At the close of my first day working for Grassroots Grantmakers I found myself staring at a stack of books my supervisor, Janis, had left for me to read. I thumbed through a couple of short packets in the stack and looked out my window at Lake Erie’s choppy water. As the four o’clock hour turned to five I grabbed The Abundant Community: Awakening the Power of Families and Neighborhoods by John McKnight and Peter Block from my stack to read on the train home.
Grassroots Grantmakers is a network of foundations that all engage in some form of place-based, community funding — championing the idea that neighborhood residents know, more intimately than anyone else, what is best for their neighborhood. And as I learned very quickly on the train, academics like McKnight view this form of grantmaking as a way to combat the deterioration of community within one’s own neighborhood. McKnight and Block argue that consumerism has pushed us to outsource all the traditional functions of a neighborhood. The basest example of this would be instead of going to a neighbor’s door for a cup of sugar a person would more likely drive to the store and buy it instead. These ideas resonated with me and challenged the way I live my life. “Do I know my neighbors?”
Neighborhood residents know, more intimately than anyone else, what is best for their neighborhood.
Within my first week of work I had the privilege to attend a workshop that addressed many of the issues McKnight and Block raise in The Abundant Community. The workshop was to train Cleveland City residents to host and facilitate something called Neighbor Circles, a practice conceived by Bill Traynor at Lawrence CommunityWorks. Essentially, Neighbor Circles is a series of three dinners hosted by neighbors, for neighbors, with the intent for folks to get to know one another and eventually work together on a small project in their community. The principles are so basic they do not feel like they need to be taught but the actions are so impactful that it’s hard not to wonder if there are other forces at work.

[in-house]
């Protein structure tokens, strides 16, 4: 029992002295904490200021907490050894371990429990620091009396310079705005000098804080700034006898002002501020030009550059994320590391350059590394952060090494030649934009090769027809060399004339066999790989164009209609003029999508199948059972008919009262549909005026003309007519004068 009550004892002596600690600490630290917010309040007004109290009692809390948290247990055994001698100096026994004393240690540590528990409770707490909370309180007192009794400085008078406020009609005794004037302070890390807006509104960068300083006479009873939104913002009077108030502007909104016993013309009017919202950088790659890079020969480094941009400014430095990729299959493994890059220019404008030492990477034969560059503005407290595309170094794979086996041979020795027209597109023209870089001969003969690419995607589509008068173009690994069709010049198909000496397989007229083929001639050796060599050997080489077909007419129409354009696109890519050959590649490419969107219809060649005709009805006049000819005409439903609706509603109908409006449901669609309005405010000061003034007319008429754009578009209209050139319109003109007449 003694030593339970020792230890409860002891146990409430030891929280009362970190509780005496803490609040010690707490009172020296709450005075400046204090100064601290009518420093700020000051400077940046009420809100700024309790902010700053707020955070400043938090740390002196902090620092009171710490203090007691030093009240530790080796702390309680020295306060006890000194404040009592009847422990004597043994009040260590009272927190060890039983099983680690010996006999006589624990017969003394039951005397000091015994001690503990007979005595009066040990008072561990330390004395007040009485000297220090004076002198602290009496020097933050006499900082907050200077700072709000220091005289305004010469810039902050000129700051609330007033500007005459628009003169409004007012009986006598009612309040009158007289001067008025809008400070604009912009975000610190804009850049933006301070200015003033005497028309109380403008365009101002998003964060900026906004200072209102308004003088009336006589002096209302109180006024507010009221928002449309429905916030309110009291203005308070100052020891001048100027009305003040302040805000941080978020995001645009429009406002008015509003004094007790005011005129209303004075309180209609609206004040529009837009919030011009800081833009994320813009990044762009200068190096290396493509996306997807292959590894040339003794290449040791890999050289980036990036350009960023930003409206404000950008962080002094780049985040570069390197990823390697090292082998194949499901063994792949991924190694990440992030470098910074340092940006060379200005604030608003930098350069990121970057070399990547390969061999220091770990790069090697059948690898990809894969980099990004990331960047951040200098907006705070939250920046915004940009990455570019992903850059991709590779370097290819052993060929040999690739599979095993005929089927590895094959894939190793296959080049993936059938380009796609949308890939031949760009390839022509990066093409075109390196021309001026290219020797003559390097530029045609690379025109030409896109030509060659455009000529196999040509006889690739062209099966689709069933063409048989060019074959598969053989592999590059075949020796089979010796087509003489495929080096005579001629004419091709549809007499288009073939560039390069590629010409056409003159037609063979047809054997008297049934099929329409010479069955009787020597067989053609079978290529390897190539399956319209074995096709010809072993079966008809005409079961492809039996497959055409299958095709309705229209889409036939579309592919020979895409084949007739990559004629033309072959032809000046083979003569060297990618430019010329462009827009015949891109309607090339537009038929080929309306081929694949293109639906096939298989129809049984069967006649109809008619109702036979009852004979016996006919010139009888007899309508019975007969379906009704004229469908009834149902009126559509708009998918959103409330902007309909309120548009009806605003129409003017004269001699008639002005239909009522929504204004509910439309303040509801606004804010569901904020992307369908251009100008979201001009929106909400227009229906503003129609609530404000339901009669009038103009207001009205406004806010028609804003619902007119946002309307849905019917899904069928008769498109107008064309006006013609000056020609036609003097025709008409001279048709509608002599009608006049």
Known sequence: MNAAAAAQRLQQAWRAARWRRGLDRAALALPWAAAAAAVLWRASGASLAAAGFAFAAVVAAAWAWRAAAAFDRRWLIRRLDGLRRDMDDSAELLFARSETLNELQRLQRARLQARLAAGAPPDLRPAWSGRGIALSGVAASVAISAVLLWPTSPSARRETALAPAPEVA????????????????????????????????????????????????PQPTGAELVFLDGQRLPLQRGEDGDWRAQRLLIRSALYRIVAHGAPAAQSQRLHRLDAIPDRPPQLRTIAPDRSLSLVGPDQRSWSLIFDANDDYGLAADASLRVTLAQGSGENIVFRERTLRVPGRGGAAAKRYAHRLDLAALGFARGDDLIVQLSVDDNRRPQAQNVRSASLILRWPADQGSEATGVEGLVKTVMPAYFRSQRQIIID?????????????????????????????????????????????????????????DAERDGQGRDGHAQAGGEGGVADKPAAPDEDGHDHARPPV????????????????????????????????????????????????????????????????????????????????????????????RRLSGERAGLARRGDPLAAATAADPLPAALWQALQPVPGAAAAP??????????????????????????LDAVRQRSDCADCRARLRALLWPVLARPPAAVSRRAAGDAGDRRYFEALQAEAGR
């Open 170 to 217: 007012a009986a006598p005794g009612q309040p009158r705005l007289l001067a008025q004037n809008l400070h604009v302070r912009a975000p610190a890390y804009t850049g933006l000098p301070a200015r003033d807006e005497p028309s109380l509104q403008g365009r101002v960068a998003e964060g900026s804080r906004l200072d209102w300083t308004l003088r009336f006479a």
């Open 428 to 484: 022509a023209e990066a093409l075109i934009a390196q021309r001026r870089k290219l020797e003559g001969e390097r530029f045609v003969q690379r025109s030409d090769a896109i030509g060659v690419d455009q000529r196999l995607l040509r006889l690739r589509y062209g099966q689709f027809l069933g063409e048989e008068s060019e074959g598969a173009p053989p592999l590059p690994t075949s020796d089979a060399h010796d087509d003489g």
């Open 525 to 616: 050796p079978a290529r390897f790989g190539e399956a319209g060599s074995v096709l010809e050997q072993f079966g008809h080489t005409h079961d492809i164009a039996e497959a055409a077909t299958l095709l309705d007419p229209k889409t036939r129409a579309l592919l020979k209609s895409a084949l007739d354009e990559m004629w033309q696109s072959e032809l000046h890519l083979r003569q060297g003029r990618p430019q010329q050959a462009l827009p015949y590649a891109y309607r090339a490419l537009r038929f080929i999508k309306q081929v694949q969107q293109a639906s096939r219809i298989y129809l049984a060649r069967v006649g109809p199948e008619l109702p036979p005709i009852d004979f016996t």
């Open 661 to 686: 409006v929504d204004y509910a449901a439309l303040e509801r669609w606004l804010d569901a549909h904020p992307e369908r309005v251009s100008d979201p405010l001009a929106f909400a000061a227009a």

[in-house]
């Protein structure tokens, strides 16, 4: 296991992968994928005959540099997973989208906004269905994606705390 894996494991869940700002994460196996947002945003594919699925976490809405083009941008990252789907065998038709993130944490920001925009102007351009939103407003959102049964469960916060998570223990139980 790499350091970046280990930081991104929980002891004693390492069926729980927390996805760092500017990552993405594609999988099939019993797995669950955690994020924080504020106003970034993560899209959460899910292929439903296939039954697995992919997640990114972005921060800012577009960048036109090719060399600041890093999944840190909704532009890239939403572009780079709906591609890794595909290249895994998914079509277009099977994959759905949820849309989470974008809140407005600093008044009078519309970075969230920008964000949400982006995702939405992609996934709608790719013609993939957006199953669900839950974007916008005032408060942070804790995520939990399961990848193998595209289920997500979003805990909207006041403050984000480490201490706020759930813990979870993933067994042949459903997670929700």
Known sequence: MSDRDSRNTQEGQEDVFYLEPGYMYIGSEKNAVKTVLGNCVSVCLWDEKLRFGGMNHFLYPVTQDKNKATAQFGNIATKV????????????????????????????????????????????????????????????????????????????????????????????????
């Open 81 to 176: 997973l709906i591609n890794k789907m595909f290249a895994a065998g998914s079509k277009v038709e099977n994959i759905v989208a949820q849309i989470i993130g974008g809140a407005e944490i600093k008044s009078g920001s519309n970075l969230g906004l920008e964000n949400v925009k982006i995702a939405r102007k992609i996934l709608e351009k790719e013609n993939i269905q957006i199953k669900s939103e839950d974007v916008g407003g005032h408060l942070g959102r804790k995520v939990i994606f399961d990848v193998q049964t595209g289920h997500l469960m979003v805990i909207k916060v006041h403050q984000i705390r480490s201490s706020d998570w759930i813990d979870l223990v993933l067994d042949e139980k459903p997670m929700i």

Here is the breakdown:
- Dinner #1: 6-10 neighbors eat together and do a mapping exercise and discuss the questions “how did you end up living in this neighborhood?”
- Dinner #2: The same 6-10 people eat and discuss assets and challenges of their community and chose one main issue that they feel they can do something about
- Dinner #3: The same 6-10 people eat and come up with a small action to take that addresses the issue from dinner #2
The workshop I attended simulated these dinners and from the simulation alone you could feel walls between people coming down. One man named Hank shared his story of how he ended up living in Cleveland. He discussed his very first memory, as a young child, riding a train from Tennessee to Ohio. In the years in between that day and now he had fought in the Vietnam War, hitchhiked to Texas, lived in California and periodically made his way back to Cleveland, his home. When Hank told our group that he hitchhiked to Texas as a twenty-year-old, he looked down at his shoes, smiled to himself and said “Boy, that was a good time.” Afterwards you could hear each person in the group’s muffled laughter and see their coy smiles as they remembered the fun times they had as twenty-year-olds. In that moment I got it. I understood that no matter how efficient it may be to outsource traditional community functions the relationships were irreplaceable.
- The Neighbor Challenge (Reber)